WASHINGTON — President Trump is expected to make public Friday a classified memo about the Russia investigation, which was written by the chairman of the House Intelligence Committee. Mr. Trump would be doing it over the objections of Democrats and the FBI.
The impending release of the memo has touched raw nerves in Washington. Throughout the day on Thursday, the White House batted down rumors FBI Director Christopher Wray was going to resign in protest.
Releasing the information, which is based on classified intelligence, would be unusual.
The memo covers events during the 2016 campaign, when the FBI and the Department of Justice went to the Foreign Intelligence Surveillance Court (FISA) to get a warrant to monitor then-Trump campaign advisor Carter Page, who was suspected of having illegal contacts with Russian operatives.
The four-page memo, authorized by Republican Rep. Devin Nunes, the chairman of the Intelligence Committee, outlines alleged surveillance abuses. It has deepened a severe partisan divide.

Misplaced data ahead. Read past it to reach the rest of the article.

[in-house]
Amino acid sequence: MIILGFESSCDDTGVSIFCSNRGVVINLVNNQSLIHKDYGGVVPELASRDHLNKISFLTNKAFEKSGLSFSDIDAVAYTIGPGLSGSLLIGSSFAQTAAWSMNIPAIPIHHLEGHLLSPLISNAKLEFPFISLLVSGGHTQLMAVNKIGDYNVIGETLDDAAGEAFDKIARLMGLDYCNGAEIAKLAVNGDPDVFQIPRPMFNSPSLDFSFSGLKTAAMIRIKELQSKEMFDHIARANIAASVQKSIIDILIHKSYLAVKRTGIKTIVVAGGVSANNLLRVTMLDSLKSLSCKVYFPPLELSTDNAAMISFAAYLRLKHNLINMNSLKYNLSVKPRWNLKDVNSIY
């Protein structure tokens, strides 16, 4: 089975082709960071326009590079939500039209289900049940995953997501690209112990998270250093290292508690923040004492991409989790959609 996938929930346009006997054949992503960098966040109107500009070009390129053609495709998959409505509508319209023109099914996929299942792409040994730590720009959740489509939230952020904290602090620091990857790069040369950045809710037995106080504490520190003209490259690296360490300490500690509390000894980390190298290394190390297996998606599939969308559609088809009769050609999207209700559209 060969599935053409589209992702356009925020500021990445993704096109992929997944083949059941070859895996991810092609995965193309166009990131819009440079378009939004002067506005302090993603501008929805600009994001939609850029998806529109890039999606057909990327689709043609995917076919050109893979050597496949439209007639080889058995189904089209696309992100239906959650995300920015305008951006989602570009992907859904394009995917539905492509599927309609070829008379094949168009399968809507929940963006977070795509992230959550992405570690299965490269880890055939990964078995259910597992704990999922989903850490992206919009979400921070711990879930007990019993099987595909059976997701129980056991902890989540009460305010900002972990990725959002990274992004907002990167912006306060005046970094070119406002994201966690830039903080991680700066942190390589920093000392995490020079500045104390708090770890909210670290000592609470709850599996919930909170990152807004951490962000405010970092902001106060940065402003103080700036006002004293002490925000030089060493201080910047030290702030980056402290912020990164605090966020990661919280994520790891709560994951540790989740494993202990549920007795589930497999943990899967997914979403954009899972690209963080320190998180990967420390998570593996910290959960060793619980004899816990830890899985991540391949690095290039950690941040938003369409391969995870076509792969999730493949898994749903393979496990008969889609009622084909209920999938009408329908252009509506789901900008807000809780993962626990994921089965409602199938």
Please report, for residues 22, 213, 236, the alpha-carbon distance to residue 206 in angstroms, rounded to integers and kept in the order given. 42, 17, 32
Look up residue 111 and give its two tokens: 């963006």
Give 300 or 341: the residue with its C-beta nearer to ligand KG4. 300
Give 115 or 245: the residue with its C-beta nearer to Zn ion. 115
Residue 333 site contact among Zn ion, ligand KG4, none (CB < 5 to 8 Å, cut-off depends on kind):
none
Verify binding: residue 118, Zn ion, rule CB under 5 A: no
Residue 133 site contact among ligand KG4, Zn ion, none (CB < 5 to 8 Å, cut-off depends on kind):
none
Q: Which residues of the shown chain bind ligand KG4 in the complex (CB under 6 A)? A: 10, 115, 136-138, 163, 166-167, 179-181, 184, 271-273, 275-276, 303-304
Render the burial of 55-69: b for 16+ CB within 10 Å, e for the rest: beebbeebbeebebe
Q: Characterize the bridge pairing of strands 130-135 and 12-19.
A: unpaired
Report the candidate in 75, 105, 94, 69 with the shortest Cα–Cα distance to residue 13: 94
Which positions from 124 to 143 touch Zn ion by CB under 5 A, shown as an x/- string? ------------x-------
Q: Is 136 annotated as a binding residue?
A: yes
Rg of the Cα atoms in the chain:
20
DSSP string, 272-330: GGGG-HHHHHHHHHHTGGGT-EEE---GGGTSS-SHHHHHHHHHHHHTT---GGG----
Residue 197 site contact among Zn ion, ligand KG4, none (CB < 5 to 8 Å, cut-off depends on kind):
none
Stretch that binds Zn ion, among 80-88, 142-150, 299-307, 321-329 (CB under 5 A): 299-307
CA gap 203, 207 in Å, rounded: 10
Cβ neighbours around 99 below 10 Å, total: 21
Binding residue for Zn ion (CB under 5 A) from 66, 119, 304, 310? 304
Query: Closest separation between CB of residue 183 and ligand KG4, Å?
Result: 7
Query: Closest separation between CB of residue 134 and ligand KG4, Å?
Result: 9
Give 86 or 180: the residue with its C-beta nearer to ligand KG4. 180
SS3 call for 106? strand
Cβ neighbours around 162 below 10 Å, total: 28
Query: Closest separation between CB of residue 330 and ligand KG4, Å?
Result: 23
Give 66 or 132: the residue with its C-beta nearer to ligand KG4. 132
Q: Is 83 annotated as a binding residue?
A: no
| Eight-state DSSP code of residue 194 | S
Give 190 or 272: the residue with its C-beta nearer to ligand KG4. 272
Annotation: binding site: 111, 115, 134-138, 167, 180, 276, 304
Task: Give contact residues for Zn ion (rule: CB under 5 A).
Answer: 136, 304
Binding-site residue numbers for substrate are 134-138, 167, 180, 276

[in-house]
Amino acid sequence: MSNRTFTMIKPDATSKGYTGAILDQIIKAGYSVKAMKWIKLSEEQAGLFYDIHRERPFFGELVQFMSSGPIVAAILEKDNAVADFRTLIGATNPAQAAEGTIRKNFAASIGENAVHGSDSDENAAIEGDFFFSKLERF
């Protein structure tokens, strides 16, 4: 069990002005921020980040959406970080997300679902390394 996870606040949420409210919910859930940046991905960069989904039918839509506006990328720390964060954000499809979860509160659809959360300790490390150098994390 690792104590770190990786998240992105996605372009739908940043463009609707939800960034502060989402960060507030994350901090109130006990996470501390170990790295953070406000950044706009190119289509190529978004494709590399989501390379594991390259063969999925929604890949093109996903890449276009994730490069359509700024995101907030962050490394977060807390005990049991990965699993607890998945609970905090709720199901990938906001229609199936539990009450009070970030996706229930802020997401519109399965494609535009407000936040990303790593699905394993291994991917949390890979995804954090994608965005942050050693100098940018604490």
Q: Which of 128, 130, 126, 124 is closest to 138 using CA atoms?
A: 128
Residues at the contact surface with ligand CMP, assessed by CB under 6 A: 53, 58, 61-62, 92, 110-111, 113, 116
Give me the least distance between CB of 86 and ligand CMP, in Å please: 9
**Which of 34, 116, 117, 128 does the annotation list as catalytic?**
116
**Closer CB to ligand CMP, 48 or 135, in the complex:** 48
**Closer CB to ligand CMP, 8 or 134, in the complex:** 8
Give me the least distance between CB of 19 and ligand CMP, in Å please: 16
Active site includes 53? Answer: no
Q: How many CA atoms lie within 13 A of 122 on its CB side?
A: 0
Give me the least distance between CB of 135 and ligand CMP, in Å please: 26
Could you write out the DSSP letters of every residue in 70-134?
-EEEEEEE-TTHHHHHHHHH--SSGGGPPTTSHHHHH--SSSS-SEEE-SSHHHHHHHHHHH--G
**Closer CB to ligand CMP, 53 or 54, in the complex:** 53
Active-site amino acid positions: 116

Rep. Adam Schiff, the top Democrat on the committee, says the document presents a distorted and unfair picture of how the FBI behaved, and jeopardizes the special counsel’s Russia investigation.
“They ought to be sending the message instead to the White House that were the president to fire Bob Mueller or Rod Rosenstein, that would be considered obstruction of justice and it would bring down the administration,” Schiff said, referring to the special counsel and the deputy attorney general, who is overseeing the Russia probe.
House Speaker Paul Ryan denied the memo is politically motivated.
“The memo is not an indictment of the FBI, the Department of Justice,” Ryan said at a GOP retreat Thursday. “What it is, is Congress’ legitimate function of oversight to make sure the FISA process is being used correctly. If American civil liberties were abused, then that needs to come to light so that it doesn’t happen again.
Whether the FBI director will go to the mat to prevent the memo’s release remains an open question.
“I’m not sure that this is that die-in-the-ditch moment for Chris Wray,” said Chris Swecker, former assistant director of the bureau. “I think he would resign if this were something that he really, really felt strongly about.”
Thursday evening, former FBI Director James Comey — who was fired by the president — weighed in:
All should appreciate the FBI speaking up. I wish more of our leaders would. But take heart: American history shows that, in the long run, weasels and liars never hold the field, so long as good people stand up. Not a lot of schools or streets named for Joe McCarthy.— James Comey (@Comey) February 1, 2018
(Wendy Gillette, CBS News)